Should grains be included in a dog's diet? How much protein is ideal? In her 2014 study, Kristyn Souliere of the University of Maine compares various commercial dog foods to identify the optimal nutritional balance for adult dog health and maintenance.
First, some background on dogs...
"The dog is a subspecies of the grey wolf as Canis lupus familiaris, and classified in the order as Carnivora," says Souliere. "Despite public belief, the dog is in fact not a true carnivore; the dog is an indifferent omnivore. This means that dogs have carnivorous traits with sharp teeth and meat drive, but also have the omnivore digestive traits with an ability to break down carbohydrate feeds."
She points to trends in processed dog foods, including increased disease rates over the past 50 years, prevalent recalls, and the rise of grain-free diets, which coincide as the pet food industry shifts farther towards cheap, processed meat.
Effects on the Kidneys
"[The kidneys] can be affected by high protein with a low or a grain-free diet, which can cause azotemia (elevation of nitrogen-containing compounds in the blood) or uremia (inability of the kidneys to remove wastes from the blood)," says Souliere. She compares brands like Holistic Blend, containing 42% protein, and Natural Balance, containing 24% protein, to demonstrate that a protein level higher than that required for maintenance is potentially quite harmful. To provide a lower protein content, she concludes, healthy grains should be included in the diet for optimal kidney health.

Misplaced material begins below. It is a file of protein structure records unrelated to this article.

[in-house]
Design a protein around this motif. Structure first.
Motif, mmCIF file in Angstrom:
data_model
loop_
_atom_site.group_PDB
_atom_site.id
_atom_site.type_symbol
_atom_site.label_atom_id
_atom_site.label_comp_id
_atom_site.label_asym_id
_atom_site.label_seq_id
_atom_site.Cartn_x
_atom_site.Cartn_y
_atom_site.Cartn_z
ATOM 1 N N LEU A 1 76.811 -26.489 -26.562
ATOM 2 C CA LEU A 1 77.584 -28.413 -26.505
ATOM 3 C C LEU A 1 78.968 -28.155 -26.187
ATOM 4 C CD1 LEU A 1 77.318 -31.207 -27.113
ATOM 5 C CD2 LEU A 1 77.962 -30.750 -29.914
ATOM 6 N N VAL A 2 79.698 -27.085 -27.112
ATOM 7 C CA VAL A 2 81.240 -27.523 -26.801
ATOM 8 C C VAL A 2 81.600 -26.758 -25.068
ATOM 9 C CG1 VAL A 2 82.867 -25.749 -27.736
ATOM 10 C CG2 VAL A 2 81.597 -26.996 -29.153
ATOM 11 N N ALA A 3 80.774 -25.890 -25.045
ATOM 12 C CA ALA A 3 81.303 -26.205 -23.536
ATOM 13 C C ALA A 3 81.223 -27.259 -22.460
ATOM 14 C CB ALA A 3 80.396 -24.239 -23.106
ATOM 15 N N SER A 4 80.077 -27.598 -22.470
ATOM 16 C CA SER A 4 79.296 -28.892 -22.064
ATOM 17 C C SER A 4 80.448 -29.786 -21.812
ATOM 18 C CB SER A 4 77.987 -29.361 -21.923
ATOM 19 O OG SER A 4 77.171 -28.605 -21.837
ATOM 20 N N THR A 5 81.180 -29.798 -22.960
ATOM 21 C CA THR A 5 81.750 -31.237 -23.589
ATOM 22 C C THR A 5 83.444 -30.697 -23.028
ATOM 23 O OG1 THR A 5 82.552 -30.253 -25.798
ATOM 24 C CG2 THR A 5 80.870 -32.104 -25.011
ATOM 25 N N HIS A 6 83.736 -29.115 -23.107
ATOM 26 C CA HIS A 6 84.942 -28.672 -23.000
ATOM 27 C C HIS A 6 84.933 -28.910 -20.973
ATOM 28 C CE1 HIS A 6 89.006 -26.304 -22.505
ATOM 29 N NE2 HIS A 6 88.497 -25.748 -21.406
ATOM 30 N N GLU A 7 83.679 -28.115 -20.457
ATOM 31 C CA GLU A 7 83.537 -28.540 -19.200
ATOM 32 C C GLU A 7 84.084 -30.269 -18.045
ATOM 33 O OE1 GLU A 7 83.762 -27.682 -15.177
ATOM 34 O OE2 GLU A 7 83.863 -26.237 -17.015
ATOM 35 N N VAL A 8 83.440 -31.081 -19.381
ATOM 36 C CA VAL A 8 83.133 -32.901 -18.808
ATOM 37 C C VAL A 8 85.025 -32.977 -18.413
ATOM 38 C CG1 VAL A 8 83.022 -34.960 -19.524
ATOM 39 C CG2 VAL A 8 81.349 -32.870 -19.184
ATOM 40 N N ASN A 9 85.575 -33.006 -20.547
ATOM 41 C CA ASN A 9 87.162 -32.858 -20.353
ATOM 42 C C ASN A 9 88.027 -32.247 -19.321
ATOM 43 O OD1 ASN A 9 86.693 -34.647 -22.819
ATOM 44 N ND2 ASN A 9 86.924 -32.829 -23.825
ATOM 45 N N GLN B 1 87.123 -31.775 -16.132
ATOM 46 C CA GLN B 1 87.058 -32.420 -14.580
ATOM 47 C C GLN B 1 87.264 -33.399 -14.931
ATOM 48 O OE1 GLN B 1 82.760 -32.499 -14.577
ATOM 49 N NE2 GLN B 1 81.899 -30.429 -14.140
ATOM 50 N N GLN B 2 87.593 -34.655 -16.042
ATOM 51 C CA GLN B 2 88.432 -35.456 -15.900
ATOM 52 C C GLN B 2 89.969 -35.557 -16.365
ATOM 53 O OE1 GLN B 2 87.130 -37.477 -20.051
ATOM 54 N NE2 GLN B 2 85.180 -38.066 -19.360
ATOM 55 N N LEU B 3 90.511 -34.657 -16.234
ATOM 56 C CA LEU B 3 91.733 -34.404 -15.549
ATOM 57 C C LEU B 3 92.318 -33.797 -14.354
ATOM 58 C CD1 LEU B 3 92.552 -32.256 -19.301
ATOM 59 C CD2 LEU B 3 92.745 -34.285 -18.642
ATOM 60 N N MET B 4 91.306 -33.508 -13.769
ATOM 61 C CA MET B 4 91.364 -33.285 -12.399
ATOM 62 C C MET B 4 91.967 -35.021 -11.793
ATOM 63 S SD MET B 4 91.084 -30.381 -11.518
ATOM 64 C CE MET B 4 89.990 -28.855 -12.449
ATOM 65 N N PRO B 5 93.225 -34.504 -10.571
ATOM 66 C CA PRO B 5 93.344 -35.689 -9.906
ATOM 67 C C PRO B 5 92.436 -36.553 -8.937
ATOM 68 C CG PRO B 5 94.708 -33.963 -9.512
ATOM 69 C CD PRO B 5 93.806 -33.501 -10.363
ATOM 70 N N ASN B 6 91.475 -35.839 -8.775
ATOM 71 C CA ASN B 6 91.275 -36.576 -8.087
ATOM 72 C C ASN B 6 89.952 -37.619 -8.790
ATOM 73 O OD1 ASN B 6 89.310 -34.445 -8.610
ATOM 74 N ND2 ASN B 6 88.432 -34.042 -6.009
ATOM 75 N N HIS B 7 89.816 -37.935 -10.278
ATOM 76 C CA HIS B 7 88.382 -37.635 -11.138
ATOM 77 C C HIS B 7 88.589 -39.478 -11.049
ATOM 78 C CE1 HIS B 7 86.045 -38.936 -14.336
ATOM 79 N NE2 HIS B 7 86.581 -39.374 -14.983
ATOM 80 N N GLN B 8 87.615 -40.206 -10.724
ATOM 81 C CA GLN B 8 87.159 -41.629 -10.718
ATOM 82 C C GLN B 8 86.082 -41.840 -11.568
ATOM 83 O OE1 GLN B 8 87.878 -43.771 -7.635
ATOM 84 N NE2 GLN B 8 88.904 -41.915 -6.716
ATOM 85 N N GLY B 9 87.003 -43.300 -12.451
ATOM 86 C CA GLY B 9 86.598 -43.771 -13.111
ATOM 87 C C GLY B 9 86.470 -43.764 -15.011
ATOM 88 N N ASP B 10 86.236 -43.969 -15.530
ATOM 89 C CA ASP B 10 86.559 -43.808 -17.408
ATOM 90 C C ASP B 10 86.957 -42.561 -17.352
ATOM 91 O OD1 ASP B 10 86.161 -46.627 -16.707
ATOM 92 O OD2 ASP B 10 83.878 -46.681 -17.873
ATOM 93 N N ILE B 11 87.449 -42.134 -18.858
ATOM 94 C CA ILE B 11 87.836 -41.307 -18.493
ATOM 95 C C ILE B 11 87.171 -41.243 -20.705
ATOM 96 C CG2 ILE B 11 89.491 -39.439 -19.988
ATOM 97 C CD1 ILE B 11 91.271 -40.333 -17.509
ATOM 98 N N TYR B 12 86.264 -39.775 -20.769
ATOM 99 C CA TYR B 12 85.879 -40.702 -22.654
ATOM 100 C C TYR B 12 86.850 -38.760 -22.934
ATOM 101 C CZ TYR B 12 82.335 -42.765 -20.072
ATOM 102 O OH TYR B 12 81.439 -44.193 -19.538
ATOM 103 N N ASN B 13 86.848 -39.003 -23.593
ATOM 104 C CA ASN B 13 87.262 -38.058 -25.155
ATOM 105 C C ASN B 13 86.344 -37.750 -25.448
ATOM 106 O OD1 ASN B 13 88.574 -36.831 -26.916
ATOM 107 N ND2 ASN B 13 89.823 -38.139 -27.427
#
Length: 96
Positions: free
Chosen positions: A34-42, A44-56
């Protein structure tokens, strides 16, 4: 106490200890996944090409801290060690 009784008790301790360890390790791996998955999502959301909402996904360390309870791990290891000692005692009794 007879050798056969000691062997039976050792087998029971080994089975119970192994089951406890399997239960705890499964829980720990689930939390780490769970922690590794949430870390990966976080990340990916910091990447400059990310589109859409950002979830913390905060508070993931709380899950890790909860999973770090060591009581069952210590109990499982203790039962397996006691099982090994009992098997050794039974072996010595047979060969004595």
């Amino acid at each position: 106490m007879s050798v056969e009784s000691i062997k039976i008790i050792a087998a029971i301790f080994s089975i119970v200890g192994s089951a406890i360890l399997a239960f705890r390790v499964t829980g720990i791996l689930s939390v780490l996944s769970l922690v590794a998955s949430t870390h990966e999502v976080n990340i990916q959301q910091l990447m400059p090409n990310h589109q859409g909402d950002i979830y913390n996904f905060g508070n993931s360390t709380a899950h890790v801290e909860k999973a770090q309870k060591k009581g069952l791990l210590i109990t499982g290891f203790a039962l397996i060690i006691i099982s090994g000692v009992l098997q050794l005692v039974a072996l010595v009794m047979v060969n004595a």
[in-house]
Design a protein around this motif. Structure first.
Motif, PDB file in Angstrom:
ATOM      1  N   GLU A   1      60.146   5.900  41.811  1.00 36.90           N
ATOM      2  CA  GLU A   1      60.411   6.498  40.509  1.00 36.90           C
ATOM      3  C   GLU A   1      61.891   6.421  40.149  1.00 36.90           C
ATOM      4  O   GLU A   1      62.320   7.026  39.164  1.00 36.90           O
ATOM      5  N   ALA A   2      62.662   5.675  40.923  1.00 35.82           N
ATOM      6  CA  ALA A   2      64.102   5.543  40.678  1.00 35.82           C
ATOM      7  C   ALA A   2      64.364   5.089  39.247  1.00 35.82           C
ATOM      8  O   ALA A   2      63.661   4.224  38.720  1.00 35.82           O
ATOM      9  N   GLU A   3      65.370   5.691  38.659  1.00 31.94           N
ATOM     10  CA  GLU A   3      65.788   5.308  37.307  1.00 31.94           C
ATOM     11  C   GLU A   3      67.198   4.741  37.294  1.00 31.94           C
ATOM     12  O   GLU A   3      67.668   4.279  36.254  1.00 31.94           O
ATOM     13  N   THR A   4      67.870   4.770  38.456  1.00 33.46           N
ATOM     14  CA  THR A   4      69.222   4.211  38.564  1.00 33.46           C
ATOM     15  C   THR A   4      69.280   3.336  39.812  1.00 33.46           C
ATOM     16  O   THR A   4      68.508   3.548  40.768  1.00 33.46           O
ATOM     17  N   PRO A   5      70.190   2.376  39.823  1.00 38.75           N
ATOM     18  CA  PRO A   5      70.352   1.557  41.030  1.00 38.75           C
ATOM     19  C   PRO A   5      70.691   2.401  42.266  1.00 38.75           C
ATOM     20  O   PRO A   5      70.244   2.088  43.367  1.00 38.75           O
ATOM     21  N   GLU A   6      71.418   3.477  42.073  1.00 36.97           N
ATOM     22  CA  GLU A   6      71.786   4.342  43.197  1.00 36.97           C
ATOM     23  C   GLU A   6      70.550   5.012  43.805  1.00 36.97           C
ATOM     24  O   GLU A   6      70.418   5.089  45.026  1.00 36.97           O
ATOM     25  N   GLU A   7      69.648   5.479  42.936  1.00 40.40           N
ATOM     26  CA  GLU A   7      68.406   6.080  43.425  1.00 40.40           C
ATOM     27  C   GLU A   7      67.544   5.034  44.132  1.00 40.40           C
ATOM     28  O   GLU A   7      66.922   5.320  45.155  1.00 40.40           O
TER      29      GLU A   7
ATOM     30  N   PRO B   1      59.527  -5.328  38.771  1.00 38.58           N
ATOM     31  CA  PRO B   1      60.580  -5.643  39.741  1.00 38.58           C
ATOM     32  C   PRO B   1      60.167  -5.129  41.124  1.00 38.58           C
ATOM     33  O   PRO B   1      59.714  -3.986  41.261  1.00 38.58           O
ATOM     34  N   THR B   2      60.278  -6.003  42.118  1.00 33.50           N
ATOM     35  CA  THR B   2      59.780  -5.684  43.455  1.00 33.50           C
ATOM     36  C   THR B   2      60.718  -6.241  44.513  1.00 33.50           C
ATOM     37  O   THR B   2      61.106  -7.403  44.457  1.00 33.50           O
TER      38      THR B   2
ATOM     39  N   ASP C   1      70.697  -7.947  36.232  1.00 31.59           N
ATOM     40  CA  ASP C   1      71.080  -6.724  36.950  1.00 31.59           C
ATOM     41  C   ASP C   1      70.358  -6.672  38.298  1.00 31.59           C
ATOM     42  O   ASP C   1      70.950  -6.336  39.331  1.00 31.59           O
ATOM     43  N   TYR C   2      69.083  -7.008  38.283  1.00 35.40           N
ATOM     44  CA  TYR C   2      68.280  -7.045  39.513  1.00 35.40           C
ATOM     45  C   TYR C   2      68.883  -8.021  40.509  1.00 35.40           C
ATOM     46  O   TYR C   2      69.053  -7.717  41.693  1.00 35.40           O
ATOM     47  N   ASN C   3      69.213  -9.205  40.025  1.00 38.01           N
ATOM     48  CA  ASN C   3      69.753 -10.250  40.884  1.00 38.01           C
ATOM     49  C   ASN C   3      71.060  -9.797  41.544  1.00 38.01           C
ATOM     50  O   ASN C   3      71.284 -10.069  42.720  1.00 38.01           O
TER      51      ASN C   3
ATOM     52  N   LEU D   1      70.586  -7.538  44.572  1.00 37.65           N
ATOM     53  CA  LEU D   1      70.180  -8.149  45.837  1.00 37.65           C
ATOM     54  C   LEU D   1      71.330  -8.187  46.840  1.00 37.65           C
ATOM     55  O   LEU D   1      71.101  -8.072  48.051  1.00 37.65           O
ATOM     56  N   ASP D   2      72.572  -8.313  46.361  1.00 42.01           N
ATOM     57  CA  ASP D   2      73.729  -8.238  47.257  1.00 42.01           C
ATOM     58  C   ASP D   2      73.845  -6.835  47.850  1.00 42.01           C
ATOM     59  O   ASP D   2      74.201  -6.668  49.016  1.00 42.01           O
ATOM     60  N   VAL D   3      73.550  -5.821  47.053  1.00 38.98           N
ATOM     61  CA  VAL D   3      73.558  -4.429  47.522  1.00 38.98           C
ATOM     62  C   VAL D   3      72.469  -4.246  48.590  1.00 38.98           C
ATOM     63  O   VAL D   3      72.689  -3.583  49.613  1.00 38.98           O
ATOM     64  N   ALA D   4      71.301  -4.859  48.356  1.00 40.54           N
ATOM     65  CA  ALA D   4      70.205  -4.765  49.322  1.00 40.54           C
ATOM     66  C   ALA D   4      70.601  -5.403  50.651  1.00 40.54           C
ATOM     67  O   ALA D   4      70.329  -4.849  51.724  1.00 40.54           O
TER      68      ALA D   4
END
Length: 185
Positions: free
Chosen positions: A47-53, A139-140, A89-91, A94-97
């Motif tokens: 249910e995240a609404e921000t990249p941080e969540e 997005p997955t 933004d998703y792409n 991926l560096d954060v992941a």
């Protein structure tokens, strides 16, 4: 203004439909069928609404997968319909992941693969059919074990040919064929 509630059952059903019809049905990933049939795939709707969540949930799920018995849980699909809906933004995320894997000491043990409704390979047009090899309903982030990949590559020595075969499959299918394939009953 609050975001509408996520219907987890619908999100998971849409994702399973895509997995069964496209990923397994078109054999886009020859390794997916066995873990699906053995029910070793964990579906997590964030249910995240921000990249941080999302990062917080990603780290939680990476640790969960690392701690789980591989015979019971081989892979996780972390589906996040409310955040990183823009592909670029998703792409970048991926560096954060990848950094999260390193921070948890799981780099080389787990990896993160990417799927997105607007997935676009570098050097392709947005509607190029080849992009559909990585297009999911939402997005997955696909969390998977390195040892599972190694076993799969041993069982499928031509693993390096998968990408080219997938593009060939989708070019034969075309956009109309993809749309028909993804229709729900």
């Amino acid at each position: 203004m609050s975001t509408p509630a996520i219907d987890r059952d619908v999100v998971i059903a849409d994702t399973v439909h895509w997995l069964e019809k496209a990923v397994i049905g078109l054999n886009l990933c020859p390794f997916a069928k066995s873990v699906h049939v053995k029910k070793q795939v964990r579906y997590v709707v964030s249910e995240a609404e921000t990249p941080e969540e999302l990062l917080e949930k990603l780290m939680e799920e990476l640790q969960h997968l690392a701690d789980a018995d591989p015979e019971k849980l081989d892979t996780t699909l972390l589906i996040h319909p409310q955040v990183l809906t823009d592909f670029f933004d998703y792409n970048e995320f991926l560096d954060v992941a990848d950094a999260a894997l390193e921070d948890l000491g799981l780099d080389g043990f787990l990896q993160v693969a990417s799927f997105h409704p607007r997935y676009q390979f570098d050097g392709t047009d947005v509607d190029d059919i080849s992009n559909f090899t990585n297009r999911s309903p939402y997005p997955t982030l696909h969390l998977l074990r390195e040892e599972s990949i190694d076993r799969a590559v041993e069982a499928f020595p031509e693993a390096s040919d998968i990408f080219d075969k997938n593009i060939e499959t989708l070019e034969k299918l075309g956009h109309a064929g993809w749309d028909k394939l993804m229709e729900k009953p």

Digestibility and Usage of Grains
Due to the presence of amylase, an enzyme produced in the pancreas to digest starch in the small intestine, dogs are able to utilize grains effectively as an energy source. "[Grains have] been shown to have many beneficial effects on the gastrointestinal system, especially improving the gastrointestinal health of dogs that have kidney disease. Studies have shown that adding grain into the diet will cause more successful utilization of blood urea as a source of nitrogen for microbial growth in the colon."
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